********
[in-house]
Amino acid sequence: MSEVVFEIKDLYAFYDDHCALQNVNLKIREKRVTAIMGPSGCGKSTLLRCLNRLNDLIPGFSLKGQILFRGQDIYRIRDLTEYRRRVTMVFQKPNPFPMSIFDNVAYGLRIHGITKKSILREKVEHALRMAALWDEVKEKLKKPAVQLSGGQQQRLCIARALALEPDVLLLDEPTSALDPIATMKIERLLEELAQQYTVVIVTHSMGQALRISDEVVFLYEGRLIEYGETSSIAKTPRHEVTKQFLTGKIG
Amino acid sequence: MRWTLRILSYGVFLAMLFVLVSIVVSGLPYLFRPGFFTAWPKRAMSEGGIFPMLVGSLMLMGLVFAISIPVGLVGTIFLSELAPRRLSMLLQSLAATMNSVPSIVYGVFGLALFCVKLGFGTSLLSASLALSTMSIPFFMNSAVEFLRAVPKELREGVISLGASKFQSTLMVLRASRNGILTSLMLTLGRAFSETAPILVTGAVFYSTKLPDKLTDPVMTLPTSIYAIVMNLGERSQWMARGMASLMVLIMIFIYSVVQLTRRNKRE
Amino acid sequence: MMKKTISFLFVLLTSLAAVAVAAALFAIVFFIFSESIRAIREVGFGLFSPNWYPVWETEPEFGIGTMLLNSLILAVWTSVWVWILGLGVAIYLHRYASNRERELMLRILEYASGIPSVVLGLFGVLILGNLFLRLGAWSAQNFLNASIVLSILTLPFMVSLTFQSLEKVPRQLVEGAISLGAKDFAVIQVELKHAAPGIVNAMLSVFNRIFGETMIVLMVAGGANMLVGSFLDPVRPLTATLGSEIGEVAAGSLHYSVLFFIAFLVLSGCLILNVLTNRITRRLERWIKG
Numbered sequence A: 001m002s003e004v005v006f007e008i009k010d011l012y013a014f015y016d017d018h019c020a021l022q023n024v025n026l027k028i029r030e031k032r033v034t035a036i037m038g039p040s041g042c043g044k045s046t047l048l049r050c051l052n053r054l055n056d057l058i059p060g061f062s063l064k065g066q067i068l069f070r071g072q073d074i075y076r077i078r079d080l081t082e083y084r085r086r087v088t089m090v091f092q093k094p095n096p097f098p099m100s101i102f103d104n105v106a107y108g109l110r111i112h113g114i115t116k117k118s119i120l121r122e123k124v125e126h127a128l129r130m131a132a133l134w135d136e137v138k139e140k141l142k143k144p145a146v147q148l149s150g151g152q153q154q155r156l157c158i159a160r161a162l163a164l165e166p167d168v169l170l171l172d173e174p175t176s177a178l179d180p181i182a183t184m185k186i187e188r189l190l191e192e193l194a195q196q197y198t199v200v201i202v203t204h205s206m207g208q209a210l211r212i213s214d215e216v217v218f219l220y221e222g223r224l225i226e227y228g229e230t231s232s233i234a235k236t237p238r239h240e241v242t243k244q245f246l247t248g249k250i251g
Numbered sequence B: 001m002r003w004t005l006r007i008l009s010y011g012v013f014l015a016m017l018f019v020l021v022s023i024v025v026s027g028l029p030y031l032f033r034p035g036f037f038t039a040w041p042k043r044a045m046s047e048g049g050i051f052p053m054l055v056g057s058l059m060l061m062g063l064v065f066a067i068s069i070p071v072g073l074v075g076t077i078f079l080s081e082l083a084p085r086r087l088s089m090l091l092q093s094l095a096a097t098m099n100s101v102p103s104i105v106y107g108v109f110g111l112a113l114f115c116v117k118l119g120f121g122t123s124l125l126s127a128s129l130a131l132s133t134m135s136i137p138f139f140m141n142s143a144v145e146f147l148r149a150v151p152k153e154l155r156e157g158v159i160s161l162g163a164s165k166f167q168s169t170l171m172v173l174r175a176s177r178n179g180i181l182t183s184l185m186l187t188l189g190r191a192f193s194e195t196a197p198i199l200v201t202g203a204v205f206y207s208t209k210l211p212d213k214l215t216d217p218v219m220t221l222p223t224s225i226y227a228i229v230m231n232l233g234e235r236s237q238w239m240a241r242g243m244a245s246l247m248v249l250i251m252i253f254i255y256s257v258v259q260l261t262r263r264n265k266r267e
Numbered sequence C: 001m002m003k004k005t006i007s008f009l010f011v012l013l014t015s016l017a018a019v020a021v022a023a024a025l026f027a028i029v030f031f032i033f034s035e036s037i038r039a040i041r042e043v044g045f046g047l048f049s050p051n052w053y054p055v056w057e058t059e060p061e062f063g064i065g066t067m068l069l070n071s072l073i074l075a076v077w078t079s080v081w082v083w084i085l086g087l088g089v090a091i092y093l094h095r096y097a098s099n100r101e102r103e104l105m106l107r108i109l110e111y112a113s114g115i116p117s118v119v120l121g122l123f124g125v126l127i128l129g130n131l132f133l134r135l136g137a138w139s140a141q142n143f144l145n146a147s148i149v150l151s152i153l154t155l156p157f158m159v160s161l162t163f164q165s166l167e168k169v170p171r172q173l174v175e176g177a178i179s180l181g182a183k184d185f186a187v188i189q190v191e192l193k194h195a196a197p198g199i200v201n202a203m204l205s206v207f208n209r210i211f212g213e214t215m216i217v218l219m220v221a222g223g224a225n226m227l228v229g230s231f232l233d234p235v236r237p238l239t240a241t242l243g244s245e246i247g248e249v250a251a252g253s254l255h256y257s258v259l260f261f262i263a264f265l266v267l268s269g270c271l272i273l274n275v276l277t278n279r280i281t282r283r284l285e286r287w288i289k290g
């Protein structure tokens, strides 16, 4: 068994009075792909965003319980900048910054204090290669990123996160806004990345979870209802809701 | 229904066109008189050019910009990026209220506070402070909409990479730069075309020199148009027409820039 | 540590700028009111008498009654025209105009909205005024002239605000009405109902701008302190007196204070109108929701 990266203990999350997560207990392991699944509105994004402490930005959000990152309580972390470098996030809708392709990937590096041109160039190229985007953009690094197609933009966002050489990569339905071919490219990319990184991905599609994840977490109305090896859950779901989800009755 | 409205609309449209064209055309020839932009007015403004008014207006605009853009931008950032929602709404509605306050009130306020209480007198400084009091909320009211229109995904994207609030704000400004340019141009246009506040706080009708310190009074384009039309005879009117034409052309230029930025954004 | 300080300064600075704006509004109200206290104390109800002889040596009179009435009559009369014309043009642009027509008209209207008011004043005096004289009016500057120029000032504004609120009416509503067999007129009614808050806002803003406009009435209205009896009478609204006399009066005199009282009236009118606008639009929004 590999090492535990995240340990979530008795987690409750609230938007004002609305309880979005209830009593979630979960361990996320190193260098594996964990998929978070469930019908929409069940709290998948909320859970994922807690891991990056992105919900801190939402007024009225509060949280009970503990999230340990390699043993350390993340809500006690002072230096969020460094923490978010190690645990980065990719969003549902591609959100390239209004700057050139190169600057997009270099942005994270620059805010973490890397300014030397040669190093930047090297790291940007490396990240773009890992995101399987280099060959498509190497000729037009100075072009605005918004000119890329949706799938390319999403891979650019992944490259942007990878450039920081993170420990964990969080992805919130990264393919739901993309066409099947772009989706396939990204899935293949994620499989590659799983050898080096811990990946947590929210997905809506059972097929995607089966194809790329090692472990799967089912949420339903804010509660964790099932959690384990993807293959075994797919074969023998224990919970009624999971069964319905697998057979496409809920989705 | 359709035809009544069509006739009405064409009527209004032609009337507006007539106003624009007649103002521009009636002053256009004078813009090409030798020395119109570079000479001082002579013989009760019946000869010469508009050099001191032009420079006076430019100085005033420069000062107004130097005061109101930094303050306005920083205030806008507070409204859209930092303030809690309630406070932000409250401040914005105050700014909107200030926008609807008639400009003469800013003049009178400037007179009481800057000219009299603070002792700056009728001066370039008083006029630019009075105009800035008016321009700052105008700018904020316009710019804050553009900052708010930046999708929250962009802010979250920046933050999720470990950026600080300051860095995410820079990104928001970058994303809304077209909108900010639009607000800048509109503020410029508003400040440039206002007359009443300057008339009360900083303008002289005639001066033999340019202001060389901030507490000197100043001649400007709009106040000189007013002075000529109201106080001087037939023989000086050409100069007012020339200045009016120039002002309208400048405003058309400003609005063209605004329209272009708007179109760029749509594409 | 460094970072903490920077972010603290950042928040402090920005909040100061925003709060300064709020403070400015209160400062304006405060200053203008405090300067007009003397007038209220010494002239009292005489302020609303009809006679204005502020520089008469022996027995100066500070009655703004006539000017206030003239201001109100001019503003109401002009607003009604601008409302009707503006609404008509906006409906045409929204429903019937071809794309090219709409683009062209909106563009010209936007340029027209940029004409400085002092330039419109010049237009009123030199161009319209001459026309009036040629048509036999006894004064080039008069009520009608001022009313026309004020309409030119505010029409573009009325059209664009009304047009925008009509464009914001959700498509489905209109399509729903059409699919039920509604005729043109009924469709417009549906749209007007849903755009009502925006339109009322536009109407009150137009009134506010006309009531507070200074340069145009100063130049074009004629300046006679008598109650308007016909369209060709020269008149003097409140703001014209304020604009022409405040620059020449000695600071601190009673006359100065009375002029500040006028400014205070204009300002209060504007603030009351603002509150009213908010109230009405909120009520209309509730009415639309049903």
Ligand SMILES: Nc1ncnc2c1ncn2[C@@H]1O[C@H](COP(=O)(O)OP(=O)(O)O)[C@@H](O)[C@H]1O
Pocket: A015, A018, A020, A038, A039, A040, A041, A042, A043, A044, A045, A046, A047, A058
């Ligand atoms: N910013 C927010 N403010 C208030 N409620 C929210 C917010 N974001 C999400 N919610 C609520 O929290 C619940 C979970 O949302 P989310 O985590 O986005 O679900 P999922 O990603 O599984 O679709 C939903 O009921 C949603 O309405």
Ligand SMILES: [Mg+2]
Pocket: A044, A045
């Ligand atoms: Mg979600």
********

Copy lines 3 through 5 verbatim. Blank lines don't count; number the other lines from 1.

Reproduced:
Amino acid sequence: MRWTLRILSYGVFLAMLFVLVSIVVSGLPYLFRPGFFTAWPKRAMSEGGIFPMLVGSLMLMGLVFAISIPVGLVGTIFLSELAPRRLSMLLQSLAATMNSVPSIVYGVFGLALFCVKLGFGTSLLSASLALSTMSIPFFMNSAVEFLRAVPKELREGVISLGASKFQSTLMVLRASRNGILTSLMLTLGRAFSETAPILVTGAVFYSTKLPDKLTDPVMTLPTSIYAIVMNLGERSQWMARGMASLMVLIMIFIYSVVQLTRRNKRE
Amino acid sequence: MMKKTISFLFVLLTSLAAVAVAAALFAIVFFIFSESIRAIREVGFGLFSPNWYPVWETEPEFGIGTMLLNSLILAVWTSVWVWILGLGVAIYLHRYASNRERELMLRILEYASGIPSVVLGLFGVLILGNLFLRLGAWSAQNFLNASIVLSILTLPFMVSLTFQSLEKVPRQLVEGAISLGAKDFAVIQVELKHAAPGIVNAMLSVFNRIFGETMIVLMVAGGANMLVGSFLDPVRPLTATLGSEIGEVAAGSLHYSVLFFIAFLVLSGCLILNVLTNRITRRLERWIKG
Numbered sequence A: 001m002s003e004v005v006f007e008i009k010d011l012y013a014f015y016d017d018h019c020a021l022q023n024v025n026l027k028i029r030e031k032r033v034t035a036i037m038g039p040s041g042c043g044k045s046t047l048l049r050c051l052n053r054l055n056d057l058i059p060g061f062s063l064k065g066q067i068l069f070r071g072q073d074i075y076r077i078r079d080l081t082e083y084r085r086r087v088t089m090v091f092q093k094p095n096p097f098p099m100s101i102f103d104n105v106a107y108g109l110r111i112h113g114i115t116k117k118s119i120l121r122e123k124v125e126h127a128l129r130m131a132a133l134w135d136e137v138k139e140k141l142k143k144p145a146v147q148l149s150g151g152q153q154q155r156l157c158i159a160r161a162l163a164l165e166p167d168v169l170l171l172d173e174p175t176s177a178l179d180p181i182a183t184m185k186i187e188r189l190l191e192e193l194a195q196q197y198t199v200v201i202v203t204h205s206m207g208q209a210l211r212i213s214d215e216v217v218f219l220y221e222g223r224l225i226e227y228g229e230t231s232s233i234a235k236t237p238r239h240e241v242t243k244q245f246l247t248g249k250i251g